“The primary federal law that governs health and safety practices in both governmental industries and the private sector, the Occupational Safety and Health Act works to ensure that all employers keep their employees safe in the workplace. Conditions dictated by the Act include, among other things, toxic chemicals, damaging noise levels, and excessive weather conditions. The Act is outlined in the United States Code Title 29: Chapter 15. “
"Some specifics are:
(1) shall furnish to each of his employees employment and a place of employment which are free from recognized hazards that are causing or are likely to cause death or serious physical harm to his employees;
(2) shall comply with occupational safety and health standards promulgated under this chapter.
(b) Each employee shall comply with occupational safety and health standards and all rules, regulations, and orders issued pursuant to this chapter which are applicable to his own actions and conduct.
OSHA’s standard specifically regarding tornadoes is as follows:
“To prepare for a tornado, businesses should develop an emergency plan. The plan should include details on suitable places to take shelter, policies to ensure all personnel are accounted for, and procedures for addressing any hazardous materials that are on-site. “
How does this apply to public libraries? Libraries are classified by OSHA in the following way:
Description for 8231: Libraries
Division I: Services | Major Group 82: Educational Services
Industry Group 823: Libraries
Establishments primarily engaged in providing library services, including the circulation of books and other materials for reading, study, and reference. Establishments primarily engaged in operating motion picture film libraries are classified in Industry 7829.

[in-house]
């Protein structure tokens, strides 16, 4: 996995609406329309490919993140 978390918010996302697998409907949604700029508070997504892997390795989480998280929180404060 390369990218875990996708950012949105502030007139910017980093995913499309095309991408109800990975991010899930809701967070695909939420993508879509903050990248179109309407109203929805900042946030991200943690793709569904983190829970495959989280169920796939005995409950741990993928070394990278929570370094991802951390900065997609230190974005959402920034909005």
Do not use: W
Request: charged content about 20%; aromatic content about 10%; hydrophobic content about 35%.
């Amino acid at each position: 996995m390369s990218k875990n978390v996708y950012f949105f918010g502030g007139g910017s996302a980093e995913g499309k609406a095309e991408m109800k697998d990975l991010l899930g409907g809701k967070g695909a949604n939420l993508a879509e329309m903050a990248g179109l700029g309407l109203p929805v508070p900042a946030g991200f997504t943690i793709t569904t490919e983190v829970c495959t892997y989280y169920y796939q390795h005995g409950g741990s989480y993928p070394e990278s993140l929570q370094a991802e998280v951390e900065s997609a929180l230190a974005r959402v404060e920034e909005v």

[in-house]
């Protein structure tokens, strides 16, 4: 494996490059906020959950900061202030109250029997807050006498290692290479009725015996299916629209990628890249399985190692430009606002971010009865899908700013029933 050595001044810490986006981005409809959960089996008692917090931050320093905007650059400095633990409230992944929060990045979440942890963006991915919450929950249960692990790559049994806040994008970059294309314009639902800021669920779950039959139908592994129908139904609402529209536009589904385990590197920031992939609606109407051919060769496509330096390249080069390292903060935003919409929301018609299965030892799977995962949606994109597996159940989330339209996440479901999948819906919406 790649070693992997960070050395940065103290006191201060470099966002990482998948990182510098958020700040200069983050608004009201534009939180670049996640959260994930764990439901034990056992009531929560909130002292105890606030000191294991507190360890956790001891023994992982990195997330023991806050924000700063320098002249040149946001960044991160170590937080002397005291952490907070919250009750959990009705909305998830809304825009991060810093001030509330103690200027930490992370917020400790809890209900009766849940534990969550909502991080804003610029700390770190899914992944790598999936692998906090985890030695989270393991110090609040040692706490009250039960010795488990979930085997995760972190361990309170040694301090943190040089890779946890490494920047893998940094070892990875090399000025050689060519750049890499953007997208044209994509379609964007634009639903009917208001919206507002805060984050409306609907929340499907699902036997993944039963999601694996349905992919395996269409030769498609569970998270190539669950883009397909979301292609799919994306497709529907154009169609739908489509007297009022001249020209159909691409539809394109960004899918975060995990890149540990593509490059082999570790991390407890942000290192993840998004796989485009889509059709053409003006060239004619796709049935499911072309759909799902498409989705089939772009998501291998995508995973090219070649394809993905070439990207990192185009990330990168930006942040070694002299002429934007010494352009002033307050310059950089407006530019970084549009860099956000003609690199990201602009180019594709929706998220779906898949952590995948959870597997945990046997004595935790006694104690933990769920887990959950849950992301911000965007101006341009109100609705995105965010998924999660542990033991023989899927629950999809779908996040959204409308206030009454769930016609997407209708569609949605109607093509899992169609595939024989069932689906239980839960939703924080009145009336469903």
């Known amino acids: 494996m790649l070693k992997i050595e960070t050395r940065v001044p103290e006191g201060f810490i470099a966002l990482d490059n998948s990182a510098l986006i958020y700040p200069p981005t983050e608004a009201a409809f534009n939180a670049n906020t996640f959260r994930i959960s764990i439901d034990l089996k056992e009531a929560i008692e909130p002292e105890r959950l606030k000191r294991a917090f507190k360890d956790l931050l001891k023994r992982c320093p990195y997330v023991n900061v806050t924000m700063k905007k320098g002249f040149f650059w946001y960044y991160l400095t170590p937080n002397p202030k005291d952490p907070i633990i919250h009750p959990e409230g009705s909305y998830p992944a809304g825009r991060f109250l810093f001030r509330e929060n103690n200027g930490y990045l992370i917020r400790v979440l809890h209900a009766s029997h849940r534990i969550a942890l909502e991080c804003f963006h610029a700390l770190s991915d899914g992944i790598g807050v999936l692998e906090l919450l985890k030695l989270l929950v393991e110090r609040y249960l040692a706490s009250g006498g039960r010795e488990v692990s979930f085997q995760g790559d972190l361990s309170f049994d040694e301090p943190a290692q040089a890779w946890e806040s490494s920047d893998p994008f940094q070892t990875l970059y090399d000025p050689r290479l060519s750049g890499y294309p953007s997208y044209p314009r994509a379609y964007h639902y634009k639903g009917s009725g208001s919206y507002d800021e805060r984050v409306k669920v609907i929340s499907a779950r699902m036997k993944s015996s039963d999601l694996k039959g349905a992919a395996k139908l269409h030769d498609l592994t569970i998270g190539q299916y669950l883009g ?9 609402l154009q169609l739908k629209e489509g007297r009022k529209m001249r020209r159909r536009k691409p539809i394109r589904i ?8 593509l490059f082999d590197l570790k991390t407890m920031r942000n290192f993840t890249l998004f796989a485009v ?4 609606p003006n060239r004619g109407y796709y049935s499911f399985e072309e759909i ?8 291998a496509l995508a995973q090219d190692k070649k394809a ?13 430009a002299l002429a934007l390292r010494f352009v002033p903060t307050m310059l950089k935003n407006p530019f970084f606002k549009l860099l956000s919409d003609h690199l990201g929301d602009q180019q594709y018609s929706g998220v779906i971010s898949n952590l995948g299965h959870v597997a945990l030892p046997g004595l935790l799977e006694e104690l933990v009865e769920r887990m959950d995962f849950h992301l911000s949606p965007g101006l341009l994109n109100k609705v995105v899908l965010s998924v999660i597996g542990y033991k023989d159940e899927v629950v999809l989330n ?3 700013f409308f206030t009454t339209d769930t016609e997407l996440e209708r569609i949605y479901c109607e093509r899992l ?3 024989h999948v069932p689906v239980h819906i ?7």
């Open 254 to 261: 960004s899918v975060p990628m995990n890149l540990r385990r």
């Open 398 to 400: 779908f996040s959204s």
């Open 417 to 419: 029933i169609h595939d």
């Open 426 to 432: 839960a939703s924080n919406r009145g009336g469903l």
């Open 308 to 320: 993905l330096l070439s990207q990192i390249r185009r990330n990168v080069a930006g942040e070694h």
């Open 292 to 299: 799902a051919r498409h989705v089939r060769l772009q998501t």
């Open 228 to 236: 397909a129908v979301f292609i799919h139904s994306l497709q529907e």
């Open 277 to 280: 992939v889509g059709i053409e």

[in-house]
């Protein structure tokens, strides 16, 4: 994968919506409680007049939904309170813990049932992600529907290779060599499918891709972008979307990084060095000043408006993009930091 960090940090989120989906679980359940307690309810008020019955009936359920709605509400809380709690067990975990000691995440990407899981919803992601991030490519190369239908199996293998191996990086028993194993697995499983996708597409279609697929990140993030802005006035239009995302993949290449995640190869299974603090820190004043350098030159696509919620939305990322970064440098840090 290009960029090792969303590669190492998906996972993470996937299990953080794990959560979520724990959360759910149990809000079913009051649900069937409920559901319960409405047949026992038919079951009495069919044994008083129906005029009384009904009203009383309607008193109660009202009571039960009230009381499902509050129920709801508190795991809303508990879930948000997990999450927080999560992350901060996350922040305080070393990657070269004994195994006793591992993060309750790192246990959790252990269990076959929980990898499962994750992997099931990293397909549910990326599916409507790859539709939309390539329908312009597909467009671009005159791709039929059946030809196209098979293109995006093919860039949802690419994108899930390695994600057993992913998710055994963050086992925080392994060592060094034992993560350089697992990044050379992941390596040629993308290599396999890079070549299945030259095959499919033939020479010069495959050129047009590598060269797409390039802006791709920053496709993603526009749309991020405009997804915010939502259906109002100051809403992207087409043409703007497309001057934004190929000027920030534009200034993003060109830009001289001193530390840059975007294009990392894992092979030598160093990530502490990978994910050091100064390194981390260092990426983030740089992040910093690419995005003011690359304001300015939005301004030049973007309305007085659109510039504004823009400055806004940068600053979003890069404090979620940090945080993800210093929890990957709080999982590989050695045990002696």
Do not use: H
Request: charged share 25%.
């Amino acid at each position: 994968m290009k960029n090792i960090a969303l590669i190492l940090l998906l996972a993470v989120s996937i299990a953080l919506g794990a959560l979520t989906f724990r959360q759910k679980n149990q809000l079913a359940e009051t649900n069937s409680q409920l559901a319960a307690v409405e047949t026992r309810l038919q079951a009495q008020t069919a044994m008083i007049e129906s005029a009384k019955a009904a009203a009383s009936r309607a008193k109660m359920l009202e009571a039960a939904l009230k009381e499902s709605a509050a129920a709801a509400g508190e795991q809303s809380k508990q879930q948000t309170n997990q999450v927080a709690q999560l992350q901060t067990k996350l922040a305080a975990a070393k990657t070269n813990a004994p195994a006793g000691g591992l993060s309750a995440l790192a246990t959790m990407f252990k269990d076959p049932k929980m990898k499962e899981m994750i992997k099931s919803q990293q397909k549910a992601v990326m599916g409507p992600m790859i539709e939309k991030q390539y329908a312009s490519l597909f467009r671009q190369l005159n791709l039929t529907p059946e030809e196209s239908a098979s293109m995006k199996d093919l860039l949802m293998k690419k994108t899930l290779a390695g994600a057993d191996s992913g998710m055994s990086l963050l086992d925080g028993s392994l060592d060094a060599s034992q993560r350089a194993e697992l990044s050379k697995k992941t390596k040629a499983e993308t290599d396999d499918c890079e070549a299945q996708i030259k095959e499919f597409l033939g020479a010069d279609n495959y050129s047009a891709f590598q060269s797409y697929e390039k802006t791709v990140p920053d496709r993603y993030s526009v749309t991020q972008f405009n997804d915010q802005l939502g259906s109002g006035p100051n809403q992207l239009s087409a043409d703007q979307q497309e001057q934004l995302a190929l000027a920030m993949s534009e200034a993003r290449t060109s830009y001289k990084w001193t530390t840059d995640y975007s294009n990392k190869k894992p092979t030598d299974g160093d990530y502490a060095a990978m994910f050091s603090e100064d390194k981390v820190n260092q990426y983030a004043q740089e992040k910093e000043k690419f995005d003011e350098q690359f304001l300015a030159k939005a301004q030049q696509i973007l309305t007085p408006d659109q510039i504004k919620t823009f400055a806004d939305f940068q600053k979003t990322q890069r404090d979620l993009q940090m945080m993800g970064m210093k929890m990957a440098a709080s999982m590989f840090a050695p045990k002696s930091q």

Centers for documentation
Libraries, printed matter
Rental of books
I had a personal experience in my own library recently. I was at the library alone, with several kids in the building. We were under a tornado watch all day, but towards late afternoon it turned into a tornado warning. I was watching the map and all of the live weather reports as a tornado touched down in the next town over. As the ‘tornado flies,’ it was not very far from my location, and things could have escalated quickly. I told all of the children that I did not want them to leave, and if I told them to get into the hallway, I expected them to do so without question. (Nothing was happening at that moment . . . .I was watching carefully.) Some teens left anyway, a father arrived to take a daughter home, and a grandmother called the library to check on her kiddos.
I also had the benefit of a weather radio provided by the library system.
As it turned out, nothing happened at my site and all was well. The location where the tornado landed suffered a significant amount of destruction.
In working through this assignment, I believe I have realized that my library system does not have a specific extreme weather policy, other than procedures for snow closures. This is something I will pursue further with our staff.
“Occupational Safety and Health Act - Definition, Examples.” Legal Dictionary, 19 Aug. 2015, legaldictionary.net/occupational-safety-and-health-act/.
“UNITED STATES DEPARTMENT OF LABOR.” Occupational Safety and Health Administration, www.osha.gov/pls/imis/sic_manual.display?id=207&tab=description.
“UNITED STATES DEPARTMENT OF LABOR.” Occupational Safety and Health Administration, www.osha.gov/dts/weather/tornado/.